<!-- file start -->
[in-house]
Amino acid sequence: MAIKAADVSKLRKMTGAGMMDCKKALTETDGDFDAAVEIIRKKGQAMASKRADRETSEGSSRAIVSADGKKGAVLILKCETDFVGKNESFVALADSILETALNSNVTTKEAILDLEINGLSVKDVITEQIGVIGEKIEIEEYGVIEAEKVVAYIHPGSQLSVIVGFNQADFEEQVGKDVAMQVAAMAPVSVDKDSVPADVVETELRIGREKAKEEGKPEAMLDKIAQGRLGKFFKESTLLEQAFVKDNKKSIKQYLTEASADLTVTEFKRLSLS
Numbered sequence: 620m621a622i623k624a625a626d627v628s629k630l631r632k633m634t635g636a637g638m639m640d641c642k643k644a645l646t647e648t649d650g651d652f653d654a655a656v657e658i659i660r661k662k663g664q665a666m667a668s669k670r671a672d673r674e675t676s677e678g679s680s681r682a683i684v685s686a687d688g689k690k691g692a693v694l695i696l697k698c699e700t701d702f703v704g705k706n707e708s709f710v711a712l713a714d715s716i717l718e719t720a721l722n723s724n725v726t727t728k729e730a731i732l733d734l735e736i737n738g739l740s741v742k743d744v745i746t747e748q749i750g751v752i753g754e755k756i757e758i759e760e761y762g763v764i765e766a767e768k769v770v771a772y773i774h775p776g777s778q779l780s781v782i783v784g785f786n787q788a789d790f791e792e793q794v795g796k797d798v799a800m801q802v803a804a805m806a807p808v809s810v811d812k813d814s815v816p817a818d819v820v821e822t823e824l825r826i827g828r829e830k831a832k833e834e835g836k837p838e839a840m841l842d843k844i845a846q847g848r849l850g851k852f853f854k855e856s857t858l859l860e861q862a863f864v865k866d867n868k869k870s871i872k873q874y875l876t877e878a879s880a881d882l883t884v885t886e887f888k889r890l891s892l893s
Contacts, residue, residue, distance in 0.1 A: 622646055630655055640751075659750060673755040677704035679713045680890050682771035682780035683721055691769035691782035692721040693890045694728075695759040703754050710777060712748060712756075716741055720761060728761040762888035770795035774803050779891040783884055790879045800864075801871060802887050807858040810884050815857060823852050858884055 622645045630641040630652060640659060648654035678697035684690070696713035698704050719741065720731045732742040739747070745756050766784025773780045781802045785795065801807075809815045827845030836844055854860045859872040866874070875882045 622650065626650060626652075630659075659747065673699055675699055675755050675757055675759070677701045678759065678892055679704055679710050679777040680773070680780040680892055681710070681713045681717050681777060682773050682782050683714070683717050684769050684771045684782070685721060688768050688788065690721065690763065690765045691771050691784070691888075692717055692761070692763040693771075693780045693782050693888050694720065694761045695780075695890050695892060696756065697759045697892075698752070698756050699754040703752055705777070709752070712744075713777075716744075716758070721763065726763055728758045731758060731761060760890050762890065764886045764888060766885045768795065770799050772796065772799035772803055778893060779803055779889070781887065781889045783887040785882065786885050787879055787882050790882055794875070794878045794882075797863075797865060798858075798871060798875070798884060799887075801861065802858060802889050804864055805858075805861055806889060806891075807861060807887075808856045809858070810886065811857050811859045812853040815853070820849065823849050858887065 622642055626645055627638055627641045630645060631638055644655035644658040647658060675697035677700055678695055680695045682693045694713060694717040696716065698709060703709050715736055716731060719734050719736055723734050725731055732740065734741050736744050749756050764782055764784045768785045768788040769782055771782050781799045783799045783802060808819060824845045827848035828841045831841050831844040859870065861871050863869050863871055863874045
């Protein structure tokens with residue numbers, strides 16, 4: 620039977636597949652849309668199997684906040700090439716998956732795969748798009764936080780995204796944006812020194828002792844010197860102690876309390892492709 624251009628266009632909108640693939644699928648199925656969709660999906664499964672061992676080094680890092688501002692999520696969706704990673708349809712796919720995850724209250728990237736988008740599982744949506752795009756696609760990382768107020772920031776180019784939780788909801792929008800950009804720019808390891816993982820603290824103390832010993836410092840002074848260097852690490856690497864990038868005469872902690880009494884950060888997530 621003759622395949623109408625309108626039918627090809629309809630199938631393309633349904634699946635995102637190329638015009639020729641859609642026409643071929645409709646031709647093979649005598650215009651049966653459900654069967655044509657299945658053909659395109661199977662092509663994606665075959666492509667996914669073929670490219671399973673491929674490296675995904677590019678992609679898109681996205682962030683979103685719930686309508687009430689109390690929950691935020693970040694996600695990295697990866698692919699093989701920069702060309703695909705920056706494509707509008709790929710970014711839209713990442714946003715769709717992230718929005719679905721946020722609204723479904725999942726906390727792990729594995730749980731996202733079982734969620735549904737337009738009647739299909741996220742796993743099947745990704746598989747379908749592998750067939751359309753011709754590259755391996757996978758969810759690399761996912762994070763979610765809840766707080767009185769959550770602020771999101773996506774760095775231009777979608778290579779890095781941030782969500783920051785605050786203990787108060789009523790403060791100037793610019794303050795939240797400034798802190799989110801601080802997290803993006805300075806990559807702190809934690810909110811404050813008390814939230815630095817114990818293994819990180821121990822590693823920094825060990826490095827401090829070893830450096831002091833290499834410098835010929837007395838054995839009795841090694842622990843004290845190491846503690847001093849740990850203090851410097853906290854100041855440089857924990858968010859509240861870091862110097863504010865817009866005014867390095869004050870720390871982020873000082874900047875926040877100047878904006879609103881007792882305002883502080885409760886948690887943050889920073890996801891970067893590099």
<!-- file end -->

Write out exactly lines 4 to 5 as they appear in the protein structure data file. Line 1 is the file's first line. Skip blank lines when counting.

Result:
Contacts, residue, residue, distance in 0.1 A: 622646055630655055640751075659750060673755040677704035679713045680890050682771035682780035683721055691769035691782035692721040693890045694728075695759040703754050710777060712748060712756075716741055720761060728761040762888035770795035774803050779891040783884055790879045800864075801871060802887050807858040810884050815857060823852050858884055 622645045630641040630652060640659060648654035678697035684690070696713035698704050719741065720731045732742040739747070745756050766784025773780045781802045785795065801807075809815045827845030836844055854860045859872040866874070875882045 622650065626650060626652075630659075659747065673699055675699055675755050675757055675759070677701045678759065678892055679704055679710050679777040680773070680780040680892055681710070681713045681717050681777060682773050682782050683714070683717050684769050684771045684782070685721060688768050688788065690721065690763065690765045691771050691784070691888075692717055692761070692763040693771075693780045693782050693888050694720065694761045695780075695890050695892060696756065697759045697892075698752070698756050699754040703752055705777070709752070712744075713777075716744075716758070721763065726763055728758045731758060731761060760890050762890065764886045764888060766885045768795065770799050772796065772799035772803055778893060779803055779889070781887065781889045783887040785882065786885050787879055787882050790882055794875070794878045794882075797863075797865060798858075798871060798875070798884060799887075801861065802858060802889050804864055805858075805861055806889060806891075807861060807887075808856045809858070810886065811857050811859045812853040815853070820849065823849050858887065 622642055626645055627638055627641045630645060631638055644655035644658040647658060675697035677700055678695055680695045682693045694713060694717040696716065698709060703709050715736055716731060719734050719736055723734050725731055732740065734741050736744050749756050764782055764784045768785045768788040769782055771782050781799045783799045783802060808819060824845045827848035828841045831841050831844040859870065861871050863869050863871055863874045
């Protein structure tokens with residue numbers, strides 16, 4: 620039977636597949652849309668199997684906040700090439716998956732795969748798009764936080780995204796944006812020194828002792844010197860102690876309390892492709 624251009628266009632909108640693939644699928648199925656969709660999906664499964672061992676080094680890092688501002692999520696969706704990673708349809712796919720995850724209250728990237736988008740599982744949506752795009756696609760990382768107020772920031776180019784939780788909801792929008800950009804720019808390891816993982820603290824103390832010993836410092840002074848260097852690490856690497864990038868005469872902690880009494884950060888997530 621003759622395949623109408625309108626039918627090809629309809630199938631393309633349904634699946635995102637190329638015009639020729641859609642026409643071929645409709646031709647093979649005598650215009651049966653459900654069967655044509657299945658053909659395109661199977662092509663994606665075959666492509667996914669073929670490219671399973673491929674490296675995904677590019678992609679898109681996205682962030683979103685719930686309508687009430689109390690929950691935020693970040694996600695990295697990866698692919699093989701920069702060309703695909705920056706494509707509008709790929710970014711839209713990442714946003715769709717992230718929005719679905721946020722609204723479904725999942726906390727792990729594995730749980731996202733079982734969620735549904737337009738009647739299909741996220742796993743099947745990704746598989747379908749592998750067939751359309753011709754590259755391996757996978758969810759690399761996912762994070763979610765809840766707080767009185769959550770602020771999101773996506774760095775231009777979608778290579779890095781941030782969500783920051785605050786203990787108060789009523790403060791100037793610019794303050795939240797400034798802190799989110801601080802997290803993006805300075806990559807702190809934690810909110811404050813008390814939230815630095817114990818293994819990180821121990822590693823920094825060990826490095827401090829070893830450096831002091833290499834410098835010929837007395838054995839009795841090694842622990843004290845190491846503690847001093849740990850203090851410097853906290854100041855440089857924990858968010859509240861870091862110097863504010865817009866005014867390095869004050870720390871982020873000082874900047875926040877100047878904006879609103881007792882305002883502080885409760886948690887943050889920073890996801891970067893590099």